The news is surprising since PhRMA has long been at daggers drawn with companies specialising in generic drugs, and Teva is the leader of this sector.
Legal proceedings for patent infringements are still underway, for example, between historic members of PhRMA, such as Eli Lilly, and Teva. In the framework of the international commercial agreements being negotiated by the US authorities with developing countries, the interests of pharmaceutical giants are still diametrically opposed to those of the generics sector. For decades, PhRMA has been defending, before Congress and the world, the importance of protecting patents on its products for as long as possible, at Teva’s expense.
Today, the Israeli firm boasts the position of number one in the generics sector. Its more than 1,000 generic molecules make up 49% of its annual sales of nearly $20 billion. 37% of its profits of $4.7 billion come from this business, and its imminent acquisition of Allergan is set to increase the share of generics in its business. Already, one in seven prescriptions in the United States is for a medicine manufactured by Teva, but originally invented by a traditional pharmaceutical company. “Generic companies cannot afford to carry out long and expensive clinical and toxicological studies; this is why they can offer their products to the public at a considerably lower cost”, Teva reminds those who ask about its advantageous pricing when compared with that of branded drugs.
Prior to this historic decision by PhRMA, some of its members criticised the organisation for considering Teva’s application favourably. “The stress placed on supporting innovation will be diluted if the largest generic drug company joins the ranks of the PhRMA”, argued Carlos Alban for example, Executive Vice-President of AbbVie.
Has the PhRMA given up its defence of the patents that are the basis of profitable innovation? Not at all, is the reply from the head of the powerful Washington lobby: “PhRMA continues to grow its membership at a time when the U.S. health care system is evolving to embrace a strong commercial market and value-driven health care”, according to the press release of the board of directors at PhRMA.
Hidden behind this diplomatic language is an important change reflecting the political context in which the pharmaceutical sector is operating in the United States. PhRMA is seeking to gain credibility in the eyes of Congress by representing the widest possible range of companies.
The lobby is widely criticised for financing the electoral campaigns of candidates ready to block any reform likely to lead to lower drug prices. Last year, PhRMA spent $18 million on “lobbying” campaigns, not counting the sum spent on such campaigns by giants like Amgen ($10.5 million), Pfizer ($9.4 million) or Eli Lilly ($7.2 million). The pharmaceutical industrie expects months of complicated explanations and controversy next year, after November’s presidential and legislative elections. It will involve opposing different possible projects for drug market regulation put forward by Democrats and Republicans, while the press underlines that the price of drugs is increasing faster than the cost of living.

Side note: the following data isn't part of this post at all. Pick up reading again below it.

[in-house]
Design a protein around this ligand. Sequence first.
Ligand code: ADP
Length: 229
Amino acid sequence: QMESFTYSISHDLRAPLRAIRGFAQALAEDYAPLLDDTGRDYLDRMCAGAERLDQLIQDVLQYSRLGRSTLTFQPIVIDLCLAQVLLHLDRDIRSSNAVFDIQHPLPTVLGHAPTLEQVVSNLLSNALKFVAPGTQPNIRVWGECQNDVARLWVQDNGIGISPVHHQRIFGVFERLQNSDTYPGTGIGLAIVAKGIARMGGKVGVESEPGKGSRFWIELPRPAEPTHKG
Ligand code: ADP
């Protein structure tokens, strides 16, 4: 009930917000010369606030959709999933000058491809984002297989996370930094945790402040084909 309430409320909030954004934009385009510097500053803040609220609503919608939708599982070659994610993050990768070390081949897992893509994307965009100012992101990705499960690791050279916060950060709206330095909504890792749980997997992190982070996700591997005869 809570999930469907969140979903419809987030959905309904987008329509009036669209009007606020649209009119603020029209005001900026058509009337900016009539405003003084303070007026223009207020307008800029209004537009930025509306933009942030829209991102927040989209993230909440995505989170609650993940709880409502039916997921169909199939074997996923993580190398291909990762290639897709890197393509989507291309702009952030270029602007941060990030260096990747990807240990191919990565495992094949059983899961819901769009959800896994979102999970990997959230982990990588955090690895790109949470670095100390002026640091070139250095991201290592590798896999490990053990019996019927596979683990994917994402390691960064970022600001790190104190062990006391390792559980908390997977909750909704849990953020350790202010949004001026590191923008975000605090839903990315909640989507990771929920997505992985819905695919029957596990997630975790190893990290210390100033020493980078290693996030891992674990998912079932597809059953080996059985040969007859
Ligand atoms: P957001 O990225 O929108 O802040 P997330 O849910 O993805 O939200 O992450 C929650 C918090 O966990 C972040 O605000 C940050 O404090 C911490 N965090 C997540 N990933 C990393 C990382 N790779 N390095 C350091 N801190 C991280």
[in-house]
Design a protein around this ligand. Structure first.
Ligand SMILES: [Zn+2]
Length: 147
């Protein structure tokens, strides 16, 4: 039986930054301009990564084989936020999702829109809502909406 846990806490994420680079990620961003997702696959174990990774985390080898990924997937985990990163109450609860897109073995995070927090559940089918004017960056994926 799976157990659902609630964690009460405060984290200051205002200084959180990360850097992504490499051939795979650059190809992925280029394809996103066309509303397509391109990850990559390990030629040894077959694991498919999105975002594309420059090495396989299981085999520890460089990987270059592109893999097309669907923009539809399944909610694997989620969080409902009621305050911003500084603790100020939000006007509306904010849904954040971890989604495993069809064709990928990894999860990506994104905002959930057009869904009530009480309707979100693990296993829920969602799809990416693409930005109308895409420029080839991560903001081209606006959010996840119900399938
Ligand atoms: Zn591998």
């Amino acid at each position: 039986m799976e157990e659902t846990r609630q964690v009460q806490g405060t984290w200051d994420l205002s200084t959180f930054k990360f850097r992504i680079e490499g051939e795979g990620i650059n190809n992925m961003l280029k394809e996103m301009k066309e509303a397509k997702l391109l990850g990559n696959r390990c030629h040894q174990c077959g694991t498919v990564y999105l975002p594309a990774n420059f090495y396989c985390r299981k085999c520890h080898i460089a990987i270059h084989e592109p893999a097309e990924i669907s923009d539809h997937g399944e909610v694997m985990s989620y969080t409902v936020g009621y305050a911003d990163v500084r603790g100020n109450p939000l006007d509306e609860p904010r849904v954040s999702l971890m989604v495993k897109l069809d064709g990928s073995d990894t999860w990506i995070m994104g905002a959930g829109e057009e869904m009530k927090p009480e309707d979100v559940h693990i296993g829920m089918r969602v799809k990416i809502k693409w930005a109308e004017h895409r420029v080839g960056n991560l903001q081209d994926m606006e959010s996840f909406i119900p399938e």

In anticipation of this struggle, the management of PhRMA believes it will be in a better position to act effectively if it represents not only classical pharmaceutical companies, but also the leaders in generics. It will be more capable of approaching members of Congress individually by telling them that: “the current market is playing its role: the generic sector has already lowered prices at the end of a sufficient period of patent protection, it is not necessary to change the rules in place.”
This more nuanced discourse also corresponds to a change in “big Pharma” strategies: Pfizer is in turn developing generics with its subsidiary Greenstone. Its acquisition last year of Hospira, in the domain of injectable generic medicines, confirms this. Novartis, meanwhile, is doing the same through its subsidiary Sandoz.
At the same time, the wall separating the world of generics from the world of traditional labs is also cracking. Companies such as Teva are in turn developing original drugs protected by patents. The company based in the eastern suburb of Tel Aviv has the “deuldopa” molecule, for example, against Parkinson’s, in its pipeline, and also deutetrabenazine, against Tourette’s syndrome, both in phase 1. Last year, its ProAir RespiClick drug for the treatment of asthma received its first green light from the FDA. In this world where traditional lines are shifting, it would be counter-productive if the pharmaceutical lobby were to remain immobile.